Pablo then conceded that perhaps mysticism does not give us new knowledge about the external, natural world but gives us knowledge “..about morality; how we ought to be and behave in this world. As the philosopher Theodore Webb has said: “Mysticism is not a rejection of science, but a transcendence of it.” There need be no contradiction here since they appear to deal with different aspects of our existence.” (* My italicizing of the text, not Pablo’s or Webb’s.)
Moi: These comments provoke more questions and critical rejoinders. How do mystical experiences yield knowledge of morality? For example, are there any clear cases in which a mystical experience or the counsel of a mystic (based on his mystical experience) helped anyone to resolve a moral dilemma? Have mystics been models of high moral behavior? The notion of mysticism transcending science is very problematic, at best a suggestive figure of speech. But what does it really mean?
Other questions to be addressed to Pablo:
What about naturalistic explanations of the mystical experience? Would such explanation show that mystical experiences are not anything special or likely sources for extra-ordinary knowledge?
What do we say about religious mystics who claim that their experience is “proof” or “evidence” for specific religious doctrine? For example, proof of the trinity, or the intercession of the Virgin Mary, and so on.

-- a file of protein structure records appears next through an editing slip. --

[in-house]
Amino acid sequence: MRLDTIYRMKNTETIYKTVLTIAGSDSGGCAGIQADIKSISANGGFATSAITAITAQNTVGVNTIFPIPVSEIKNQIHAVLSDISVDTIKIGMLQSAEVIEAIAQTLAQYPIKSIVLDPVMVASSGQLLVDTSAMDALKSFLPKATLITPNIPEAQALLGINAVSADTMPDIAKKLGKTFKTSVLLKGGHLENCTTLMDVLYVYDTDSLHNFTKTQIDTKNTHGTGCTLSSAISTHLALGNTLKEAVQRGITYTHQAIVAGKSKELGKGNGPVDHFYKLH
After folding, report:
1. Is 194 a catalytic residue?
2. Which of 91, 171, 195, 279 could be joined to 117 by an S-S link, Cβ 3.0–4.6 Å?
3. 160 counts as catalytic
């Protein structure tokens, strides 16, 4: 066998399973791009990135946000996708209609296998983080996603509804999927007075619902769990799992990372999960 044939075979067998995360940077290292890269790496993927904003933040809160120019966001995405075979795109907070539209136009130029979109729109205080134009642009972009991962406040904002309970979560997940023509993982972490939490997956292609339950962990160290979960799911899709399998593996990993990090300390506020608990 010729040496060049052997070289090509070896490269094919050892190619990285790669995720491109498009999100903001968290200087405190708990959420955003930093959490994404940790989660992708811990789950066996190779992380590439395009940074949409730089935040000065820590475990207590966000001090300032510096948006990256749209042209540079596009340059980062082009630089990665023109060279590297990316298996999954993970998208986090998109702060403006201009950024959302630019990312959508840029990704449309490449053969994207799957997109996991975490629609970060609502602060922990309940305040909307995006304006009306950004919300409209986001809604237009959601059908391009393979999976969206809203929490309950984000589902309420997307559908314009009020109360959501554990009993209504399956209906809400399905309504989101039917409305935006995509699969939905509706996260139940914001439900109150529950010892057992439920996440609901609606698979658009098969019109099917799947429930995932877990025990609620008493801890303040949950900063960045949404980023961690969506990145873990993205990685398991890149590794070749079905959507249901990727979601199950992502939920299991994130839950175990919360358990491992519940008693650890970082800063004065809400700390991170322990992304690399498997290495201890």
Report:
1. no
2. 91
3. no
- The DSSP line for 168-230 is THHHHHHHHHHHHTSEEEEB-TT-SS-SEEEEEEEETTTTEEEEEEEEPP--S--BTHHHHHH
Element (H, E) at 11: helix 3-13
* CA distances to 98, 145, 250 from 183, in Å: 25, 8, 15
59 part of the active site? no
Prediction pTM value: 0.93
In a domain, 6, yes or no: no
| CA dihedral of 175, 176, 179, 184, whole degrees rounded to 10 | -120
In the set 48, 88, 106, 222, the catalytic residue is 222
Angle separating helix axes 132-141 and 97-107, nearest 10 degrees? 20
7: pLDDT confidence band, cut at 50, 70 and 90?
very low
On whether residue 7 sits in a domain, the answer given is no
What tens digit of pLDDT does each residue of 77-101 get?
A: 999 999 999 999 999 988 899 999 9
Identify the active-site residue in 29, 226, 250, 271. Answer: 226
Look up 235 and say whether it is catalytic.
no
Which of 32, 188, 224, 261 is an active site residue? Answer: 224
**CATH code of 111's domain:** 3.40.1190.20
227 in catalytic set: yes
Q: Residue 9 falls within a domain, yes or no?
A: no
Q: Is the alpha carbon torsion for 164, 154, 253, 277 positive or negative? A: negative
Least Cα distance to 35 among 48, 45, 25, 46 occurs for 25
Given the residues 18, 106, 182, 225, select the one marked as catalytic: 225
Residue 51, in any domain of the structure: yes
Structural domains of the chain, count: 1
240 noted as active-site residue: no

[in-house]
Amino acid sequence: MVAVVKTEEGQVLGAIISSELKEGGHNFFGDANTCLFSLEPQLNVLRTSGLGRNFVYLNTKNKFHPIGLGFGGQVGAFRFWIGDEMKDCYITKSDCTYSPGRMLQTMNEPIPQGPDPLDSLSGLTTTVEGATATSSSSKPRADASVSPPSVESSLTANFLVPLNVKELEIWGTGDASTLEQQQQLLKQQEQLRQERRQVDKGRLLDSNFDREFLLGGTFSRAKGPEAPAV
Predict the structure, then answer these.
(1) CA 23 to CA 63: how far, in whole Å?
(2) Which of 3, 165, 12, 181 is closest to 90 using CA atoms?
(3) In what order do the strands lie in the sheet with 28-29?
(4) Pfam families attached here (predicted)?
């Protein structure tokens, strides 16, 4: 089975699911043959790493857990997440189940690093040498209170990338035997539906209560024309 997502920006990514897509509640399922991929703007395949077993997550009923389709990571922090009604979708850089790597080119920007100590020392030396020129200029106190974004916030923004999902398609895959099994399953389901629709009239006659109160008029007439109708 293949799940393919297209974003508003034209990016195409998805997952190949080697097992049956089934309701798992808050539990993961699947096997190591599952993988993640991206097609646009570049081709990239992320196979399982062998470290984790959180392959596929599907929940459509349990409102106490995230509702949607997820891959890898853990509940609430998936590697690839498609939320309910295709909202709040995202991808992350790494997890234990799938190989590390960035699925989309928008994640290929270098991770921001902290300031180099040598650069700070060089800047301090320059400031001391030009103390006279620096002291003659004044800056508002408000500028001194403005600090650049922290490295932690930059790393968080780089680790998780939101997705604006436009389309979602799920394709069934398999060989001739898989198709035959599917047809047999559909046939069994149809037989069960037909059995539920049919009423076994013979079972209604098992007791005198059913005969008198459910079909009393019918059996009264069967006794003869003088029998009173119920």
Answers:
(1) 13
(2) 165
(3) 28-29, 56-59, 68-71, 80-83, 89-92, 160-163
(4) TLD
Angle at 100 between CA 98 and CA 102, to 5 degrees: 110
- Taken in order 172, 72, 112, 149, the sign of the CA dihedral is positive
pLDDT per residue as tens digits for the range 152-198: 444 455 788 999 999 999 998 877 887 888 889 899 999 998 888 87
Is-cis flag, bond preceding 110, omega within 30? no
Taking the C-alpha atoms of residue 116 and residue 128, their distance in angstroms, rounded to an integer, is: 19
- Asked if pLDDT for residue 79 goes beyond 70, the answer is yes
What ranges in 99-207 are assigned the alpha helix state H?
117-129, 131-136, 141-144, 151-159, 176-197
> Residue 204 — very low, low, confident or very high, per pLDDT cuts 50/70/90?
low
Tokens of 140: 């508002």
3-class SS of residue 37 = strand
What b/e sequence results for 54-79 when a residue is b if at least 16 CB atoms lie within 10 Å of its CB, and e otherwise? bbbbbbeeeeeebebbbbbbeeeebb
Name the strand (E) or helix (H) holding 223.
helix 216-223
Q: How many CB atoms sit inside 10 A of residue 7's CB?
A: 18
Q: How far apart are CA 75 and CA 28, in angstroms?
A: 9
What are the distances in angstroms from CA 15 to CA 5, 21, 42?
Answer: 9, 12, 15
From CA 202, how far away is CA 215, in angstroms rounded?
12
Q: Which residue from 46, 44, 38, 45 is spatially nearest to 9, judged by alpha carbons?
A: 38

Do we have reasons for thinking that only people of high morality have mystical experiences? Aren’t there mystics who are not good moral models?
The emotional make-up of the person seems significant in bringing about a mystical experience: and historically and currently individuals and organized groups use different kinds of discipline, exercises, even deprivation to induce mystical experiences; furthermore, mystical experiences can be drug-induced. How do these facts affect the claim that mystical experiences are special and spiritually important?
Isn’t it true that each mystic brings to his experience beliefs and cultural/religious conditioning held prior to the experience, and interprets his experience accordingly? (As Walter Kaufmann says: “Suzuki does not have the same experience as Saint Teresa”)
Isn’t it true that non-mystics are totally dependent on what the mystic says about his experience, i.e., the way he interprets or describes his experiences? Hence, non-mystics are limited to hear-say evidence for their ideas of the “mystical experience.”